Next time you’re at the grocery store, take a minute to study the options. How many brands of pickles? Of mobile devices? Of soda pop?

Then, walk down the beer aisle. National beers, local beers, imports, regional beers. Beers enjoyed by your grandfather, your mother and your brother. Beers you’ve never tried and some you’ve never heard of and many you’ll probably never try. In fact, Iowa consumers could drink a different beer brand every day for three years before they’d have to try a repeat.

This selection is brought to you by Iowa’s brand of alcohol market regulation, primarily known as the three-tier distribution system. It’s a complex, yet thoughtful, set of laws and rules that govern the way alcohol travels from manufacturer to consumers. The system provides protection for each tier – manufacturers, distributors, and retailers– from undue influence by any other tier. It has roots in prohibition repeal, but has evolved as consumers have demanded more options and producers and retailers have demanded more flexibility in the sale and distribution of their products.

The 21st Amendment gives states the power to regulate alcohol and most states accomplished this using a state-based, independent three-tier system to separate the industry’s segments and avoid the pitfalls of unchecked power in the alcohol market, which largely led to the Prohibition movement.

Without the three-tier system of checks and balances, there would be about as much selection as you see when ordering a soft drink in a restaurant. Producers could limit competition by using tied-house clauses, ensuring only one brewer’s product could be sold in-house. Retailers could institute pay-to-play clauses, where the brewer with the deepest pockets could buy all the shelf space or tap lines.

That’s not a free market. That’s survival of the fittest.

But the independent three-tier system protects consumer choice and it protects Iowa brewers and Iowa retailers. It also protects beer distributors, who are free to carry brands of their choice. The nature of beer distribution also requires the industry to stay local. Beer distributor warehouses must be located in the state and most of Iowa’s beer distribution system is owned by Iowans and employs Iowans – in fact 1,600 of them commanding collective wages of nearly $100 million.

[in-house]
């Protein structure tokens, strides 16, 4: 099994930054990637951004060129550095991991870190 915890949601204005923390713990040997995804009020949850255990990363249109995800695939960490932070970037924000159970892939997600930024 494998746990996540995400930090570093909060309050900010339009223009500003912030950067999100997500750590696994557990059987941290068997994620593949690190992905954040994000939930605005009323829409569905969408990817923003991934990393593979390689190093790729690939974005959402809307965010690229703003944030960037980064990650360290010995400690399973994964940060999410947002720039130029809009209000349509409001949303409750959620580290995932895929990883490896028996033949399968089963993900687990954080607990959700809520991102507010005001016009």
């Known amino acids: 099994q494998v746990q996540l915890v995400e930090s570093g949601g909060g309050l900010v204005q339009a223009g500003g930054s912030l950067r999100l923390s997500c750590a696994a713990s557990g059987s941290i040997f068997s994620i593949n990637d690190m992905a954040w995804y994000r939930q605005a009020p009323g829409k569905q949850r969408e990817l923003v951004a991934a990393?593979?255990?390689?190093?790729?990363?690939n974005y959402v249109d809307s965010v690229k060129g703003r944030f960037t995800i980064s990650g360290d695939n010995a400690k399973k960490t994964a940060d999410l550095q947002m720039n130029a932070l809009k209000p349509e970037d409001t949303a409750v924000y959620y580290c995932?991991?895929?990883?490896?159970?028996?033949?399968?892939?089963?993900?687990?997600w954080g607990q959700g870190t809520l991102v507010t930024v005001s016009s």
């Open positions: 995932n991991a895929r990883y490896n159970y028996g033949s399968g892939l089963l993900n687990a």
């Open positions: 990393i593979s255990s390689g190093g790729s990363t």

The three-tier system allows the smallest brewers have access to the biggest retailers. Distributors must offer products and services (like tap line cleaning) with uniformity and are prohibited from taking action that would compromise independence of the other tiers. With this system, consumers have more choice in beer than in any other product.

Some critics say the system hasn’t evolved and hasn’t kept up with the times, which is an unfair attack. Three-tier caveats and exceptions exist to allow small manufacturers to grow their businesses. Brewpubs operate as a brewery and as a retailer. Native breweries and wineries operate as distributors. Distillers can sell at retail – all exceptions to the independent three-tier system that have allowed Iowa beer, wine and spirits to mature into a fabulous compliment to Iowa’s healthy alcohol market. There was a time in the not-so-distant past where there was a single Iowa brewery. Now? More than 60. The three-tier system doesn’t stifle innovation. It promotes innovation.

But to preserve market access for all manufacturers and the Iowa distribution industry, the foundation of the system must not devolve into a block of Swiss cheese, rife with exceptions that undermine safeguards for Iowans and Iowa businesses provided by three-tier system.

Cheers to Three Tiers!
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Cheers to Three Tiers!
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